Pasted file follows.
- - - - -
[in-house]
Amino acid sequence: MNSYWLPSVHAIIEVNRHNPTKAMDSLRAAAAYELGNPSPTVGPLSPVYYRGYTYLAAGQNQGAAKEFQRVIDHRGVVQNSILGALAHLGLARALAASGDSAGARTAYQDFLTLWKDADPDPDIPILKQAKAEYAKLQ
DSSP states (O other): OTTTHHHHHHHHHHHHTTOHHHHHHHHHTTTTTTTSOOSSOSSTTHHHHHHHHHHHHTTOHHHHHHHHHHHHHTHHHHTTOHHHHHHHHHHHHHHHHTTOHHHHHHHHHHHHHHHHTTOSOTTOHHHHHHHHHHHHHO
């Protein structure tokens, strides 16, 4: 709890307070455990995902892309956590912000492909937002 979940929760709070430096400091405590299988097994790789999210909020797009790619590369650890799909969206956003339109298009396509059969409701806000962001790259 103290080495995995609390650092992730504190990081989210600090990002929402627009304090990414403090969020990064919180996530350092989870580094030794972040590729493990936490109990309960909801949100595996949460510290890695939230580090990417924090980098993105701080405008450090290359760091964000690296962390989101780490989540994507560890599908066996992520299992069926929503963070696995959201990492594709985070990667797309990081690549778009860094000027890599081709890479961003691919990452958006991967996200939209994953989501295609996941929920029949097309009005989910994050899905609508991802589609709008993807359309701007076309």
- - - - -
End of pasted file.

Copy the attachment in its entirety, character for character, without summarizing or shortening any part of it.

[in-house]
Amino acid sequence: MNSYWLPSVHAIIEVNRHNPTKAMDSLRAAAAYELGNPSPTVGPLSPVYYRGYTYLAAGQNQGAAKEFQRVIDHRGVVQNSILGALAHLGLARALAASGDSAGARTAYQDFLTLWKDADPDPDIPILKQAKAEYAKLQ
DSSP states (O other): OTTTHHHHHHHHHHHHTTOHHHHHHHHHTTTTTTTSOOSSOSSTTHHHHHHHHHHHHTTOHHHHHHHHHHHHHTHHHHTTOHHHHHHHHHHHHHHHHTTOHHHHHHHHHHHHHHHHTTOSOTTOHHHHHHHHHHHHHO
């Protein structure tokens, strides 16, 4: 709890307070455990995902892309956590912000492909937002 979940929760709070430096400091405590299988097994790789999210909020797009790619590369650890799909969206956003339109298009396509059969409701806000962001790259 103290080495995995609390650092992730504190990081989210600090990002929402627009304090990414403090969020990064919180996530350092989870580094030794972040590729493990936490109990309960909801949100595996949460510290890695939230580090990417924090980098993105701080405008450090290359760091964000690296962390989101780490989540994507560890599908066996992520299992069926929503963070696995959201990492594709985070990667797309990081690549778009860094000027890599081709890479961003691919990452958006991967996200939209994953989501295609996941929920029949097309009005989910994050899905609508991802589609709008993807359309701007076309």